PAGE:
The Niagara-on-the-Lake community is stepping up to help a farmworker who was badly injured after he was hit by a car while on his bicycle.
Ceto Reid, 51, a temporary foreign worker from Jamaica who works at P.G. Enns Farms, was struck on his bike on Oct. 6 in St. Catharines while riding back to the farm from the Laundry Tub.
“He was hit by a car on his way home from doing his laundry. And he was supposed to return home to Jamaica the next day,” said Kit Andres from Migrant Workers Alliance Niagara.
He was taken to the hospital where he had hip surgery, she said.
Kathy Brown, the manager of the Avondale convenience store in Virgil, has set up a jar for people to donate to Reid’s recovery.
And anyone wishing to donate through e-transfer can send it to Jane Andres at email@example.com.
Brown said she felt setting up a donation jar was the right thing to do.
“My family has been fortunate and I feel you have to help wherever you can,” she said in a message to The Lake Report.
After she posted about it on social media, “it became apparent people wanted to donate directly so an email was set up so they could,” she added.
Reid was out doing his laundry before going home because where he lives, there are no washers or dryers, said Kit Andres.
“At bare minimum, a worker should have access to a washing machine and dryer in their house,” she said.
Asked if Reid’s employers have been supportive since the incident, Andres said she didn’t know.
“But I know there’s been a lot of anger from workers for many years on this farm because of the lack of access to basic necessities,” she said.
No one from P.G. Enns Farms responded to calls or emails from The Lake Report.
A reporter who visited the farm on Irvine Road on Oct. 12 was asked to leave the property.
Niagara-on-the-Lake doesn’t have a laundromat, so St. Catharines is the closest location. From Reid’s bunkhouse, it’s about a 16-kilometre round-trip.
The bunkhouse where Reid lives doesn’t have a washing machine, only a washtub, said Andres.
Many farmworkers drop their laundry off at the Laundry Tub and it is then delivered to them, thanks to a wash and fold service the laundromat offers, Kit Andres said.
But since Reid was leaving for Jamaica the following day, he went to pick the laundry up himself.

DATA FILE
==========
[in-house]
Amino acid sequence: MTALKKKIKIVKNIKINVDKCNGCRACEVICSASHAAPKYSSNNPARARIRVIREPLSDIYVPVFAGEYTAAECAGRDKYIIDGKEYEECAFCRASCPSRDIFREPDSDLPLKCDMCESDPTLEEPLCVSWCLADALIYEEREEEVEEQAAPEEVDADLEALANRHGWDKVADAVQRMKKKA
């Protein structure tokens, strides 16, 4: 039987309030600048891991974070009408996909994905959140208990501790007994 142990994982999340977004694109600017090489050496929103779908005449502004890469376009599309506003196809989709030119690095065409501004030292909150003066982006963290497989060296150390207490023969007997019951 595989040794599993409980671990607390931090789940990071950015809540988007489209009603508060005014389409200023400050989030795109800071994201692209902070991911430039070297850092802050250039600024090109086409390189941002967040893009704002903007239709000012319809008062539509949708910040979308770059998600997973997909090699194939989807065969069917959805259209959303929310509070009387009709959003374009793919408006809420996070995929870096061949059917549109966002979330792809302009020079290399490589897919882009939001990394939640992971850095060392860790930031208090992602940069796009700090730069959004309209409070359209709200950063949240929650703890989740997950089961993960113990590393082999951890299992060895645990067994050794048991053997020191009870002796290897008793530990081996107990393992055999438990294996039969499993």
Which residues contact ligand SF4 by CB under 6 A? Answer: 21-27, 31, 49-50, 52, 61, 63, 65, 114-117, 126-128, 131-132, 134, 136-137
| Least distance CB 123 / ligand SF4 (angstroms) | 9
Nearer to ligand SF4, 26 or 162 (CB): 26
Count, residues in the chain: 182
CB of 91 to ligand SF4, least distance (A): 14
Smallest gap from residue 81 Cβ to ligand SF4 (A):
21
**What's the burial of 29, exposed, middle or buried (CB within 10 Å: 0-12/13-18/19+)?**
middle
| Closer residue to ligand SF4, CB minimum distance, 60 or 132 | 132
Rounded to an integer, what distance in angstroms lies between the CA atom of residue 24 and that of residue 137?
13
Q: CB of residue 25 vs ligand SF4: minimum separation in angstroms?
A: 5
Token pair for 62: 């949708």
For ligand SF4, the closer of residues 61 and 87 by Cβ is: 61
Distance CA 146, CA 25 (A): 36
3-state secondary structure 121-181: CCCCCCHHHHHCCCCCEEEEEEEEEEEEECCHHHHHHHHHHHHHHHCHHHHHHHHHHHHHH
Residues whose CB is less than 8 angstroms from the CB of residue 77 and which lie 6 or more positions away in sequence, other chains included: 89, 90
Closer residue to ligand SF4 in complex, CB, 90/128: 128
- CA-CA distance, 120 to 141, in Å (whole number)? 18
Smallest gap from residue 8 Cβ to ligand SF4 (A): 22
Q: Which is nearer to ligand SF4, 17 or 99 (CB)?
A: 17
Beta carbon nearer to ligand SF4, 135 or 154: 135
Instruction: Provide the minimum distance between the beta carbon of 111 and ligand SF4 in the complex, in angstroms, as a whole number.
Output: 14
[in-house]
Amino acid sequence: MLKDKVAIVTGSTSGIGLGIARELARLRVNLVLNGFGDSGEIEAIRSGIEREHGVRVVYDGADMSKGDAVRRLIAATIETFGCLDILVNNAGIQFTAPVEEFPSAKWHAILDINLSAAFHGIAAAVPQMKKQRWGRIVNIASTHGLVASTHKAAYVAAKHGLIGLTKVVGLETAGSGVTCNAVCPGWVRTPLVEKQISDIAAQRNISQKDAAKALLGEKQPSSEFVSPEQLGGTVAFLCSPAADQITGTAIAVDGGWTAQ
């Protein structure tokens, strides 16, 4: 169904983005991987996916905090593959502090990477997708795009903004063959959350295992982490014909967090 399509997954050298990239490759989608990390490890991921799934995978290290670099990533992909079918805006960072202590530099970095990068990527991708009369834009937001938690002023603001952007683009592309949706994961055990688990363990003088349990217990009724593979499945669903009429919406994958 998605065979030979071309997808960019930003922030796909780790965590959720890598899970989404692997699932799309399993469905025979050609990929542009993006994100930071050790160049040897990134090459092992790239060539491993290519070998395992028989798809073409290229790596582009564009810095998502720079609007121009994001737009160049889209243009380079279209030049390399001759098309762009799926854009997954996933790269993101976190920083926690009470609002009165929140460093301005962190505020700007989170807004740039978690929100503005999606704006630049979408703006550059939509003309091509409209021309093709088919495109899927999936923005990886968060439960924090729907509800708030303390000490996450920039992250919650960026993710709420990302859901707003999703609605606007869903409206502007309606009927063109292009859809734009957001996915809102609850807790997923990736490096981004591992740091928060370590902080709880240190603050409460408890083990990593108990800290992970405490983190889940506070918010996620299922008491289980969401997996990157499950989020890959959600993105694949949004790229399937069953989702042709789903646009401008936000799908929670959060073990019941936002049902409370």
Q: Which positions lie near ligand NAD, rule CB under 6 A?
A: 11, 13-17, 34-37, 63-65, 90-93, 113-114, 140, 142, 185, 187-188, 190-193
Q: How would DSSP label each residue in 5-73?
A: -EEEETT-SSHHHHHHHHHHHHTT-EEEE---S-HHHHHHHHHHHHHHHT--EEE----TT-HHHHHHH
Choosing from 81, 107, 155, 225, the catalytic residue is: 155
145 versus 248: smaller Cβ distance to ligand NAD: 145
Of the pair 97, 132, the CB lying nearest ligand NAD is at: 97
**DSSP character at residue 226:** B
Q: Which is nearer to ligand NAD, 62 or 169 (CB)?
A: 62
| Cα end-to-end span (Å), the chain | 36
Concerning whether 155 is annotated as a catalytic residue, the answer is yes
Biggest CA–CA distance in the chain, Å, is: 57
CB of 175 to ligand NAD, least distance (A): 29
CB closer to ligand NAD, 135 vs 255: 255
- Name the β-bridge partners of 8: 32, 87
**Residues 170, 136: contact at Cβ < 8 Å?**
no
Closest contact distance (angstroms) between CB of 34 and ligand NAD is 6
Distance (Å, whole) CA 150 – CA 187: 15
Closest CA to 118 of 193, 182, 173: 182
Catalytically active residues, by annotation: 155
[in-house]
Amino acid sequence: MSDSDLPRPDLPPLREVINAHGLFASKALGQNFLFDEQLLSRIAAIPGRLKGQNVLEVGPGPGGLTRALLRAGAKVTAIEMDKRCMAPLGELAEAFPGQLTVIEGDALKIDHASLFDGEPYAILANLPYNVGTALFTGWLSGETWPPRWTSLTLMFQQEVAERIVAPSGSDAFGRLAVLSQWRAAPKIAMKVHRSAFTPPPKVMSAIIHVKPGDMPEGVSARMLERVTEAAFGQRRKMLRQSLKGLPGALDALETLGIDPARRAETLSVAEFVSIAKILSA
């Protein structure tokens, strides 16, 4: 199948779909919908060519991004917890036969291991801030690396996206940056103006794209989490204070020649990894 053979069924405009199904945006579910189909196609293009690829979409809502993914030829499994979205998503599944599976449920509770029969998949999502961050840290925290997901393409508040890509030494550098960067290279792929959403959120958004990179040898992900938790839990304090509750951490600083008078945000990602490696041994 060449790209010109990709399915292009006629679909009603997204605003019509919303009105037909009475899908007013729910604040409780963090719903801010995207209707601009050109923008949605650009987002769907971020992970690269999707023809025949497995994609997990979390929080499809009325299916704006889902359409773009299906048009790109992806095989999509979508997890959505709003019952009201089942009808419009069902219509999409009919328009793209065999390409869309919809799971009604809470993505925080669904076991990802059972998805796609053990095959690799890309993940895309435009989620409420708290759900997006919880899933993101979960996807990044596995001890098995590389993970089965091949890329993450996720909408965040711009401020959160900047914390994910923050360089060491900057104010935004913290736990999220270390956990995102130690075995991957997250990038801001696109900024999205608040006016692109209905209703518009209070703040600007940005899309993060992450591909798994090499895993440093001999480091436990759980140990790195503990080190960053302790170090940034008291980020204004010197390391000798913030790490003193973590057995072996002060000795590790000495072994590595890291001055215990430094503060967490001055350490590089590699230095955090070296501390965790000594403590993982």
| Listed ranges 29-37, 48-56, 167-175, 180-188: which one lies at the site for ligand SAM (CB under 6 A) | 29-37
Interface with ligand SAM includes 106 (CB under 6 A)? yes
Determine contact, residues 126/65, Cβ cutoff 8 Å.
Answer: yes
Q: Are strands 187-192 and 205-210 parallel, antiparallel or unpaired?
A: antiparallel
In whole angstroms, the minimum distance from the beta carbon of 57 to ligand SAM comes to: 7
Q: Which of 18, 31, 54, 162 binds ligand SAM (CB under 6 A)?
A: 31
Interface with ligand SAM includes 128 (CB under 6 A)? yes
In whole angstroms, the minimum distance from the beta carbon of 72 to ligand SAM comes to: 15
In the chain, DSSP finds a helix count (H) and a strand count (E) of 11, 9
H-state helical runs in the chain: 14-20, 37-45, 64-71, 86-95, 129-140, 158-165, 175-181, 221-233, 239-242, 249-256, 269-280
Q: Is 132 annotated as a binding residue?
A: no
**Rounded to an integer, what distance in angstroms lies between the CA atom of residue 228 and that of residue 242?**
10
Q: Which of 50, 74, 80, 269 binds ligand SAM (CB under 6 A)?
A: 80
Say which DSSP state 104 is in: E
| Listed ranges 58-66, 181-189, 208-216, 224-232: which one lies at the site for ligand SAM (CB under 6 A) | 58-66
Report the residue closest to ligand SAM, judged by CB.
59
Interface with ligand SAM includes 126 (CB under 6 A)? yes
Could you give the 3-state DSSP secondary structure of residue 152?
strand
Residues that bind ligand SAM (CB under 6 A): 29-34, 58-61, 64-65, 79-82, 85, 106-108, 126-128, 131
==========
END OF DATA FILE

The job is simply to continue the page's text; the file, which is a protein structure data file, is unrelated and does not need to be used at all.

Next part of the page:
Contracts under the Seasonal Agricultural Worker Program “specifically state that accommodations must be equipped with laundry facilities including an adequate number of washing machines, and where possible, dryers,” said a spokesperson with Employment and Social Development Canada.
In the absence of washers and dryers, employers must drive workers to a laundromat weekly at no cost to the worker, the contract says.
The 27-year-old driver of the car that hit Reid, a woman from Thorold, was charged with careless driving, Niagara police said.
Now, instead of going back home to his family, sleeping in his own bed, and eating his favourite food he will be staying in Canada for two to three months while he recovers.
Reid’s co-workers have really stepped up to help him since he was discharged from the hospital.
“Often it falls on the shoulders of their co-workers to feed them, care for them (and) come up with grocery money,” said Jane Andres.
However, his co-workers soon will be heading home.
“There’s a network of volunteers, community members, service providers, who are meeting together to come up with a support plan for when his co-workers return home and he’s there alone,” said Kit Andres.
It is great to see neighbours and community members stepping up and showing workers their support, she said.
On top of monetary donations, people from the community have been bringing him meals. Someone also donated a reclining chair to make sure he’s comfortable.
As part of the Seasonal Agricultural Worker Program (SAWP), workers leave Canada by Dec. 15.
Reid needs to apply for an extension to complete his recovery here. It’s unknown what he will do if he’s unable to stay at the bunkhouse, where he currently lives.
Though it’s great how the community is helping Reid in his recovery, Jane Andres said there needs to be a better support system in place for foreign workers.
“When Canadians get injured, they can get employment insurance (EI). (It) takes eight weeks for sick benefits, but there’s support systems in place. They have a place to live,” she said.
According to the federal government’s website, Canadians will get their first EI payment about 28 days after applying.
“But with farm workers, they don’t have the same support systems in place. I really think it’s time to change how we can support them when these life-altering events happen,” she added.
She said she’s seen this happen too many times.
“It was 2007, (that) was my first experience with somebody that got cancer up here. And you know, they just had no support systems. It was his co-workers looking after him,” said Jane Andres.
The workers don’t need that stress, she said.
Anyone interested in helping Reid can donate at the Avondale convenience store in Virgil or send an e-transfer to firstname.lastname@example.org.
Somer Slobodian, Local Journalism Initiative Reporter, The Lake Report